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Dissertation/Thesis Abstract

Singing and Cystic Fibrosis: A collective case study on the effects of private voice lessons on the pulmonary function and quality of life of adult Cystic Fibrosis patients
by Goldenberg, Rachel Brager, D.M.A., Shenandoah University, 2012, 209; 10000826
Abstract (Summary)

Cystic Fibrosis (CF) is a genetic disease that affects multiple systems including the respiratory tract. Thickened secretions in the airway must be removed to prevent deterioration of pulmonary function. Airway clearance techniques are based on physiological principles such as cephalad airflow, the combination of expiratory airflow with high frequency oscillation at the chest wall or oral cavity, and repetitive cough. Diaphragmatic breathing, respiratory muscle training, and voicing during therapy have also been shown to improve or maintain pulmonary function in CF patients. The physiology of airway clearance is similar to the physiology of singing, which involves controlled airflow resulting in pressure oscillations and vibration. Singers build awareness of their bodies and learn to manage their breath. It is also a relatively inexpensive and enjoyable activity that requires little equipment or space. Singing should not replace medically recommended therapies, but it may be a viable adjunct therapy.

In this concurrent mixed methods collective case study, the effects of nine private singing lessons on the pulmonary function, measured by FEV 1 and quality of life, measured by the Cystic Fibrosis Questionnaire-Revised (CFQ-R) of four CF patients were investigated. Participants also completed an exit questionnaire to determine their satisfaction with the lessons and impressions of the study. Lessons were taught by the same teacher and tailored to the needs of each participant. The teacher kept a journal of the proceedings of each lesson. To evaluate the efficacy of the lessons, the teacher assessed each participant before and after the lessons using a rubric and helped the participants to create modified phonetograms. Two single-factor analyses of variance (ANOVAs) were performed on the phonetograms to compare the pre and post voice lesson effects in terms of maximum and minimum sound pressure levels. Due to the small sample size, no further statistical analysis was performed, and the results of the study will be pilot data for future research.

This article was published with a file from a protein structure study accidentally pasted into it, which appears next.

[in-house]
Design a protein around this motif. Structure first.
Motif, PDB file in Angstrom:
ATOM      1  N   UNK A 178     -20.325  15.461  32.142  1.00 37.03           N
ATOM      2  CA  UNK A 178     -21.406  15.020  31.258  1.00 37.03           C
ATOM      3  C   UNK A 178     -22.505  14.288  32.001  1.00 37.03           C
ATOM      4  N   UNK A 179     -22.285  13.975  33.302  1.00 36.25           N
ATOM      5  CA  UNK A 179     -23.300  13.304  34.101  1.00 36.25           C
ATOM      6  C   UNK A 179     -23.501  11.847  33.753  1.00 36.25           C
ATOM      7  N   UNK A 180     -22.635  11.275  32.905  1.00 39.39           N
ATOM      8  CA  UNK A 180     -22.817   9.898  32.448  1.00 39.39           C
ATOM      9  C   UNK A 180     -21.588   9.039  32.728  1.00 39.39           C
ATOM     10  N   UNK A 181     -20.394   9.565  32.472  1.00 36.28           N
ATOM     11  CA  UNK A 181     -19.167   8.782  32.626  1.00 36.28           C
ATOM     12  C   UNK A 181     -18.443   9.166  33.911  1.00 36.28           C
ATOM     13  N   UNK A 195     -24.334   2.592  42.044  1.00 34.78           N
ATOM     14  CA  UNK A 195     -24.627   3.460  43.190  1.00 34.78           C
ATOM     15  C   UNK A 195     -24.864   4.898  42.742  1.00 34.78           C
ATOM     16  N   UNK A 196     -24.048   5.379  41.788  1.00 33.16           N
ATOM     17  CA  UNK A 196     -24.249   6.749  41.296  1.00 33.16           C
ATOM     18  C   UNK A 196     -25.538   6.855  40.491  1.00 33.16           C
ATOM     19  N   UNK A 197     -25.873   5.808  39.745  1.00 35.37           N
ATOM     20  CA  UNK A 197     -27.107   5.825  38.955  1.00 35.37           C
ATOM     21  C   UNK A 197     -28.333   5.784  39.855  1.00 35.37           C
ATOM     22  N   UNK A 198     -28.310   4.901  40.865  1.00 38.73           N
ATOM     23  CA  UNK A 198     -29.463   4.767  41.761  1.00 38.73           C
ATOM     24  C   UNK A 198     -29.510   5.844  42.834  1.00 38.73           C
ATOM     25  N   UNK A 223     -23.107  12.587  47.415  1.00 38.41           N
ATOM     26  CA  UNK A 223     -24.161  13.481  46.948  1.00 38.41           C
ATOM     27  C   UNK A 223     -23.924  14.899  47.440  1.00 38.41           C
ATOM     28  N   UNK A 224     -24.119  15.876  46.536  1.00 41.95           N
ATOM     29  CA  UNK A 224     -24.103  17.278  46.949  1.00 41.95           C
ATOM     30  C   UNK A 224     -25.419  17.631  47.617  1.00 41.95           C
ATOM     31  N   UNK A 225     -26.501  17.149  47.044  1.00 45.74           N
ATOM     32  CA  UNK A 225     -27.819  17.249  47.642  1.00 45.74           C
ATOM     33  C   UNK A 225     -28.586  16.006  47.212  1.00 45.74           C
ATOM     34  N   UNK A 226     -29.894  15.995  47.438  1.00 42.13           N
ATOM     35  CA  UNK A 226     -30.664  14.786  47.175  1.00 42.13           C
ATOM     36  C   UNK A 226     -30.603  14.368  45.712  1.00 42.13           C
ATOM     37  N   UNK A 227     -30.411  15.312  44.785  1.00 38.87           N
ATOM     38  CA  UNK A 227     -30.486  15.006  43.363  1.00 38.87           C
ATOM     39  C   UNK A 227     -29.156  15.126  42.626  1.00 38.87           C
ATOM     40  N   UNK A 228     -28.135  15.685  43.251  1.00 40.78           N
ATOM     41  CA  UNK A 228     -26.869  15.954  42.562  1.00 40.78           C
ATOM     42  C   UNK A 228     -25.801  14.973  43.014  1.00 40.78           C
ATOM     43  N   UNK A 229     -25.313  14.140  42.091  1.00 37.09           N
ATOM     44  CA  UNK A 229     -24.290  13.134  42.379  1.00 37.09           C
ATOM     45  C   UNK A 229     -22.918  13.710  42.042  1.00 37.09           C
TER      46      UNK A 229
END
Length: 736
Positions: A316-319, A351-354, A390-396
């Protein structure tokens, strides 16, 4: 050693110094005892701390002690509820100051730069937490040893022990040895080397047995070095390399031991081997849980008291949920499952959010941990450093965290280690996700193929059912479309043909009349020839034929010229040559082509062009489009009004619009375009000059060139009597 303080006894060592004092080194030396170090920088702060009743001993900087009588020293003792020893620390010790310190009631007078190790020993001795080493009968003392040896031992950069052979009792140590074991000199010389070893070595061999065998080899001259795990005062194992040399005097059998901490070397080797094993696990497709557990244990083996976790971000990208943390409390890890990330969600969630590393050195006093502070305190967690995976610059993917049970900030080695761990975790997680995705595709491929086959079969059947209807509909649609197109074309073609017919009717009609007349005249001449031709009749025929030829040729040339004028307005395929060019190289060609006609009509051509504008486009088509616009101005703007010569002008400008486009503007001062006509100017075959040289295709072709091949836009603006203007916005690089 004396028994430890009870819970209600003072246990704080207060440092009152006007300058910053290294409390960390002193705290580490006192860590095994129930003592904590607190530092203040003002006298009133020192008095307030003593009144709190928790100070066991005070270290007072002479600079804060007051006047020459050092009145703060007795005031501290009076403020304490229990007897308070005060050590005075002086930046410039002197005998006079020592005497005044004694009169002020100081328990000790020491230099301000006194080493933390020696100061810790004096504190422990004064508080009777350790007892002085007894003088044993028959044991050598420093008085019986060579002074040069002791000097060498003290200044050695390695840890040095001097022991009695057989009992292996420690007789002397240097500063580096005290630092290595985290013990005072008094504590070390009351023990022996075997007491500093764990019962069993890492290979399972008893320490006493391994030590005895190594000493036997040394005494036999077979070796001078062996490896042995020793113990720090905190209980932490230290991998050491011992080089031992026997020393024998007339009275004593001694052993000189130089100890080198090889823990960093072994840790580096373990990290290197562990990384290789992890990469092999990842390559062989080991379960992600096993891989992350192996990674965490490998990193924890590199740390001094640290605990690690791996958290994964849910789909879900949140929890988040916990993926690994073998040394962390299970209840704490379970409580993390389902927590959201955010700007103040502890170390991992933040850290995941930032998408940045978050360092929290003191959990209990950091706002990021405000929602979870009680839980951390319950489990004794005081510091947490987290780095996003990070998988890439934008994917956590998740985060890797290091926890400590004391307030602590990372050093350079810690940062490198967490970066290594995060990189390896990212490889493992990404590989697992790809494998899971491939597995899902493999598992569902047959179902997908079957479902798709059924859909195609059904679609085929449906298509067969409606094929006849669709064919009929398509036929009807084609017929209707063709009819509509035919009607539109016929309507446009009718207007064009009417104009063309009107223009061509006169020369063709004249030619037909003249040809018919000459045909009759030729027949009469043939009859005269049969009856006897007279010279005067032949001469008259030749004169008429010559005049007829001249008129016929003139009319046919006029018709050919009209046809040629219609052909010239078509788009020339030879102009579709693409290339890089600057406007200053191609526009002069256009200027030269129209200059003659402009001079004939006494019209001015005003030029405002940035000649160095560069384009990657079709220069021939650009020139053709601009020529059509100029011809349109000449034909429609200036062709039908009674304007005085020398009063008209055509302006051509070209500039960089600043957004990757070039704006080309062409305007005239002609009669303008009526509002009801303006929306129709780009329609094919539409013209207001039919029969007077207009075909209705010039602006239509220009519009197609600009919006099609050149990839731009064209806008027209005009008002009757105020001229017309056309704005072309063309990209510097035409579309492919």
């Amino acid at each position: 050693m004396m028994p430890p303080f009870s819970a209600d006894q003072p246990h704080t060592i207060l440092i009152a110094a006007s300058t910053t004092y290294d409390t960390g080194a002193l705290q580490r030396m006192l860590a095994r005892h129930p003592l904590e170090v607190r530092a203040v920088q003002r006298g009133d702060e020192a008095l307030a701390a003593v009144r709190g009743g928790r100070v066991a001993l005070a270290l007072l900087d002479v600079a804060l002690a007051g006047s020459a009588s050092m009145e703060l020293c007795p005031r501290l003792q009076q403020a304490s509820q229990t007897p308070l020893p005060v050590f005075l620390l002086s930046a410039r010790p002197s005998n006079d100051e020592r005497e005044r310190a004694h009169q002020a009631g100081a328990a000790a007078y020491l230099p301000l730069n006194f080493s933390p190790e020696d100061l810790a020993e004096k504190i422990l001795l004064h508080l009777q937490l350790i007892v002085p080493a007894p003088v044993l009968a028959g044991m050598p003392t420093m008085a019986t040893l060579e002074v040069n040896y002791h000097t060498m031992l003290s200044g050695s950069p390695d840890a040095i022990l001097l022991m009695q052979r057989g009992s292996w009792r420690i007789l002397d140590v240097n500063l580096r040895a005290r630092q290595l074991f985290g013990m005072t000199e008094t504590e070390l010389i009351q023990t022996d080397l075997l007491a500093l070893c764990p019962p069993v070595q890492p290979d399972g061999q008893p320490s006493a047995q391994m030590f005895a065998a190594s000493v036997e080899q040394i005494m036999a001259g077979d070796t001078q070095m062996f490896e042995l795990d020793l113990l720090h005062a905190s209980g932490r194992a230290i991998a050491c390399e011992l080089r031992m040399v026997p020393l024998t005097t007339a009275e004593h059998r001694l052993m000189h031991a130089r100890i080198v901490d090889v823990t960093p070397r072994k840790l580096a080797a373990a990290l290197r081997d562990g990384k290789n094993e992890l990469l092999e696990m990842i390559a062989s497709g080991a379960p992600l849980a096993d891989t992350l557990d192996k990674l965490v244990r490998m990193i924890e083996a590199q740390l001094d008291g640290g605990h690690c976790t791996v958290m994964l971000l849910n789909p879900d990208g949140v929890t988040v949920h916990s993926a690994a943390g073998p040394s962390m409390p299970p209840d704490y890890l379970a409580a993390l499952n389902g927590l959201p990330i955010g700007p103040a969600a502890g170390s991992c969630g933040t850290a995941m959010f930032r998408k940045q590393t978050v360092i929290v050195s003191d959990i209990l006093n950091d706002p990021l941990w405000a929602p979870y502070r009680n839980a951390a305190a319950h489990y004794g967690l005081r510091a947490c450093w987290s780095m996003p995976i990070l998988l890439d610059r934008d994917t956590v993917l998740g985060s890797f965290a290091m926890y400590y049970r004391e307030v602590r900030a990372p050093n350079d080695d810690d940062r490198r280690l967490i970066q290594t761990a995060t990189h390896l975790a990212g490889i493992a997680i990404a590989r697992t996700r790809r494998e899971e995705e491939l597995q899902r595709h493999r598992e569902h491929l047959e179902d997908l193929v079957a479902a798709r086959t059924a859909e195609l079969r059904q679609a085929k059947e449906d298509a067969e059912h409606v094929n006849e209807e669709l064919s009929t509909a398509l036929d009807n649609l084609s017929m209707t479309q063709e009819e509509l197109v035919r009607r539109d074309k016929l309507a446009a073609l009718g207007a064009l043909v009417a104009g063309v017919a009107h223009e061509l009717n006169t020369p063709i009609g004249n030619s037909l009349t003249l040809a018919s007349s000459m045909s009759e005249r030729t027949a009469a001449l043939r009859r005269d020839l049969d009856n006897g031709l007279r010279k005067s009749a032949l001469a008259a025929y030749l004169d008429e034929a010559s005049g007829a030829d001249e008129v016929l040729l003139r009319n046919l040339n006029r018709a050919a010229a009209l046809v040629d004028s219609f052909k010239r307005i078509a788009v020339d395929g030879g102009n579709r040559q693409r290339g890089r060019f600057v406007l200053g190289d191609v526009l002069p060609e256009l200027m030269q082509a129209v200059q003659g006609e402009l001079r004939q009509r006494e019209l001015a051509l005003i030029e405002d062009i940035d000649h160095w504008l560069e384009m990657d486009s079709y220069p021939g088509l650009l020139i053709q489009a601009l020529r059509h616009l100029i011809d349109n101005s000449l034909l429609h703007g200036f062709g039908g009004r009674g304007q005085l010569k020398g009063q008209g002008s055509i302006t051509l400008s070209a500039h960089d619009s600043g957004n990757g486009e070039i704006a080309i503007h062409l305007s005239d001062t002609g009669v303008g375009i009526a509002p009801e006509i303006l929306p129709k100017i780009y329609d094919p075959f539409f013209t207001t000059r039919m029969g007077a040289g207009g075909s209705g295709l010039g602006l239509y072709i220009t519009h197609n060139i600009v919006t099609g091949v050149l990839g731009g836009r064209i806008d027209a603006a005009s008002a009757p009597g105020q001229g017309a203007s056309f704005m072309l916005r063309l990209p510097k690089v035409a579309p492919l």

Effects on FEV1 were inconclusive, but the teacher observed all participants coughed during singing and not during conversation, suggesting the mobilization of mucus. All participants improved in the domain of body image on the CFQ-R. This, combined with comments from participants on the exit questionnaire about gaining confidence, suggests an overall improvement in self-esteem resulting from the lessons. Most participants also improved in the domain of physical functioning. Two participants improved significantly in terms of maximum vocal intensity as indicated by their phonetograms. The teacher was well informed about CF but did not need to structure the musical aspects of the lessons in any specialized way, although an emphasis was placed on breathing and the allowance and encouragement of coughing from participants, which is deviant from the norm. All participants reported satisfaction with the treatment and wrote about breath control being one of the most important gains from the lessons. All but one reported they would continue lessons if given the chance. The results suggest singing lessons may provide some airway clearance and improve the quality of life of adult CF patients. Further investigation of this topic is warranted.

Indexing (document details)
Advisor: Green, Kathryn
Commitee: LeBorgne, Wendy D., Rohrbacher, Michael, Schultz, Karen
School: Shenandoah University
Department: Conservatory
School Location: United States -- Virginia
Source: DAI-A 77/06(E), Dissertation Abstracts International
Subjects: Music, Pedagogy
Keywords: Cystic fibrosis, Music therapy, Pulmonary function, Quality of life, Respiratory disease, Voice
Publication Number: 10000826
ISBN: 978-1-339-41252-8
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